By Lise Alves, Senior Contributing Reporter
SÃO PAULO, BRAZIL – With the promise of trying to listen to all different viewpoints before defining a proposal to be sent to Congress, the Brazilian government started Wednesday to discuss the country’s social security reform. Several cabinet members of President Dilma Rousseff’s economic team participated in a forum to discuss the subject.
According to Labor and Social Security Minister, Miguel Rossetto, although the government seeks ‘preservation of a positive social security model for the Brazilian society, which has become an important instrument of social inclusion in our country’ changes must be made so that the system offers stability and a guarantee acquired rights for workers.
Among the possible changes to be discussed in the social security system are the minimum age for retirement, differences of the rules for men and women, pension due to death of partner, rural social security and access rules to the system.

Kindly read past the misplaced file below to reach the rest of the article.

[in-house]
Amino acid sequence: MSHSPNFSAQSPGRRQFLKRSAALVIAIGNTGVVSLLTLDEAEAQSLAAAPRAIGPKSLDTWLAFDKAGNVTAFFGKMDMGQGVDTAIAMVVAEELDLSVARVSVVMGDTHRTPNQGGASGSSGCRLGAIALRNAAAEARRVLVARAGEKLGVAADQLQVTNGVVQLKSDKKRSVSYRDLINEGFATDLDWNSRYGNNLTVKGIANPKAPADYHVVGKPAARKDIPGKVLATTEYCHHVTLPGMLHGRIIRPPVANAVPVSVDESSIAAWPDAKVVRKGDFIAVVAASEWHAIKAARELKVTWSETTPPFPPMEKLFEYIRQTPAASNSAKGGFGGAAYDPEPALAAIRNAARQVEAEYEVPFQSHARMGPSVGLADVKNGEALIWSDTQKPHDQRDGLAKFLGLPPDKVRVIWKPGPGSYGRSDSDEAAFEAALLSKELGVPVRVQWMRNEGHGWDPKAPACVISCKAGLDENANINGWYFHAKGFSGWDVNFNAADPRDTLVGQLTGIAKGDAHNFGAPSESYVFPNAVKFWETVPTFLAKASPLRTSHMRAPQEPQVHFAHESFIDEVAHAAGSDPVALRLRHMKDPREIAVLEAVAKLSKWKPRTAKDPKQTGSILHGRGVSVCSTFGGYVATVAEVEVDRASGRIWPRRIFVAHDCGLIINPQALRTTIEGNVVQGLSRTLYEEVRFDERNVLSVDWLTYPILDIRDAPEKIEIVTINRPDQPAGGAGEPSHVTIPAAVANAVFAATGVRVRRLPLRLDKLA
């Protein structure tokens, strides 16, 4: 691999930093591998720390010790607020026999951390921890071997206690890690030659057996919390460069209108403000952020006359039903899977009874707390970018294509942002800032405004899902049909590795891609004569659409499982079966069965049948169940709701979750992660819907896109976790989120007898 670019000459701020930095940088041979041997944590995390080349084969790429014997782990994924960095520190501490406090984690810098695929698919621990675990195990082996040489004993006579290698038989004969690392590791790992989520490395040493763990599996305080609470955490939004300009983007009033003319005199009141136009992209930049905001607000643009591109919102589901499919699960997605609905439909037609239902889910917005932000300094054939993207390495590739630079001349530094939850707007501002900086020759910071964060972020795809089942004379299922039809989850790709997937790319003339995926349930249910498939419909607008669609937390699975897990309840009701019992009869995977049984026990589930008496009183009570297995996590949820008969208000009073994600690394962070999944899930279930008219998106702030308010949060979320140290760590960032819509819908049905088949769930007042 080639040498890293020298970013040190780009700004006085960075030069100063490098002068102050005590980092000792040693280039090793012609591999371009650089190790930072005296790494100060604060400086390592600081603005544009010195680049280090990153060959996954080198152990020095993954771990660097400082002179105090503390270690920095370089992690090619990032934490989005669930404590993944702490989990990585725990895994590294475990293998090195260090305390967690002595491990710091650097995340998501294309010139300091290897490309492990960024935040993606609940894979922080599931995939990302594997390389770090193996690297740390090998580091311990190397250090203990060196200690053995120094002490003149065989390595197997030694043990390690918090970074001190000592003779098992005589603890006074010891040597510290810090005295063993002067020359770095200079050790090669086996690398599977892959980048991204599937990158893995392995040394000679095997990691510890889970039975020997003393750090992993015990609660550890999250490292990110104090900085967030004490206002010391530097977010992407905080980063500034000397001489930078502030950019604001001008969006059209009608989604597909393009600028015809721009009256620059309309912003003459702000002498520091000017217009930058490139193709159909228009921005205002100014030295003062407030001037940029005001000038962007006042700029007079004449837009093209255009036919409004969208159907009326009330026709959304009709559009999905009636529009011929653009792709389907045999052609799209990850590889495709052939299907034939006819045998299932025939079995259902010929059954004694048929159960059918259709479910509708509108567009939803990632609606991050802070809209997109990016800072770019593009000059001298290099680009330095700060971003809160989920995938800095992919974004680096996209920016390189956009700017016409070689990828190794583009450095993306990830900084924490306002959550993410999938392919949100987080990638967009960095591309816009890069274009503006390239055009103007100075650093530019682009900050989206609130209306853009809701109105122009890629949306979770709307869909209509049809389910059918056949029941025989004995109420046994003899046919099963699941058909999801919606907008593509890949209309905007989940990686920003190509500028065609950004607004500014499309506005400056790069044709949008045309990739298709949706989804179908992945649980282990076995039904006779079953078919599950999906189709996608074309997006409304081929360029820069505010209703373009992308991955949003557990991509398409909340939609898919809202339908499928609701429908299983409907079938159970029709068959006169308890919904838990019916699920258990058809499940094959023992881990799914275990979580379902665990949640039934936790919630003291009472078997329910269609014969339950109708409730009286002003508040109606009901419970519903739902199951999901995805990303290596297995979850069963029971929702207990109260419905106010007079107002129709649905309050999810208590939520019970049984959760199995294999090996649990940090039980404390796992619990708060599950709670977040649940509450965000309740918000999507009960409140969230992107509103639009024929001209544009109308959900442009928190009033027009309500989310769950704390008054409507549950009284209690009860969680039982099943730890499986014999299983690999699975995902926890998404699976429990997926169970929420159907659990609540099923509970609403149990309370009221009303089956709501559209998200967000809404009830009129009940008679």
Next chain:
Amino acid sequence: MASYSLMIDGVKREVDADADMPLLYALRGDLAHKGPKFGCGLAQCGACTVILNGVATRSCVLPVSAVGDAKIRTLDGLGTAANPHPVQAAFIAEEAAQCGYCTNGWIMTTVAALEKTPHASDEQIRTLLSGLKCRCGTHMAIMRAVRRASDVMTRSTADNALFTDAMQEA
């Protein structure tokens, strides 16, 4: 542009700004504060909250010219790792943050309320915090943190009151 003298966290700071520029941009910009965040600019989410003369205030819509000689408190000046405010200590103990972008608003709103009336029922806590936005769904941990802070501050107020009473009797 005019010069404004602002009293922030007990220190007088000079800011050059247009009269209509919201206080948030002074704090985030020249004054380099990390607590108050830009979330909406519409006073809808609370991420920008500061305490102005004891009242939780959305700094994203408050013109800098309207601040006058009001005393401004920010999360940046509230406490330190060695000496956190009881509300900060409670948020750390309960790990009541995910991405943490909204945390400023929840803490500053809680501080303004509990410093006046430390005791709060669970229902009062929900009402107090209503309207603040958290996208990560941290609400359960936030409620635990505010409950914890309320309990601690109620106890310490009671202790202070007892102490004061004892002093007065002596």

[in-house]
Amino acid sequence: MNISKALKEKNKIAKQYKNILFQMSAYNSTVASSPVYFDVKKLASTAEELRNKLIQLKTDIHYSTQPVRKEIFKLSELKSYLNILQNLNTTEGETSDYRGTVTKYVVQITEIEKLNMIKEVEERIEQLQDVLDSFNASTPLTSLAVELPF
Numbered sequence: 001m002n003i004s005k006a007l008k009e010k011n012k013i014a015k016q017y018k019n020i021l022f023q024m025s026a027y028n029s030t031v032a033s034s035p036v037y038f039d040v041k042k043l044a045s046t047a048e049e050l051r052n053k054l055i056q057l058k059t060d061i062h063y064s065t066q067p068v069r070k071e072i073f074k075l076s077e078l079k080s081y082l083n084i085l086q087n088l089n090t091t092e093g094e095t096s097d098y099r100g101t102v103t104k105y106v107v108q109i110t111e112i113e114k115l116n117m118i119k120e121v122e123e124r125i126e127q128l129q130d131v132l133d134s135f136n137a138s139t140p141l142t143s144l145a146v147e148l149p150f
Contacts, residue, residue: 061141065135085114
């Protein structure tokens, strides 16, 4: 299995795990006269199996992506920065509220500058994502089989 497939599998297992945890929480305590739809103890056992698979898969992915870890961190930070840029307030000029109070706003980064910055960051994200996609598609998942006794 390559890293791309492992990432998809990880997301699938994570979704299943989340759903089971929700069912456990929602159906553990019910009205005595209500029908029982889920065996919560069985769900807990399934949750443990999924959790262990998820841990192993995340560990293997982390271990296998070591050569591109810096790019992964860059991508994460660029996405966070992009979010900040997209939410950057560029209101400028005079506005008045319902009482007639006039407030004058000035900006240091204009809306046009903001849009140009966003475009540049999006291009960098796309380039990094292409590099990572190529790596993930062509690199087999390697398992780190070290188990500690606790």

According to Finance Minister, Nelson Barbosa, the number of elderly living in Brazil will grow by 217 percent by 2050, with the number of elderly being the same as the number of active workers in the country. “The guarantee of the sustainability of the social security system improves public accounts in the future, which has an immediate impact on the economy,” said Barbosa during the meeting.
According to government officials the Rousseff Administration is expected to draft a proposal for a reform by the end of this first semester, sending it to Congress for approval.
In January of 2016 President Rousseff said that the country ‘had to face’ the need for a social security system reform. “It is not possible (to maintain) the average age for retirement in Brazil at 55 years old,” said the President at the time.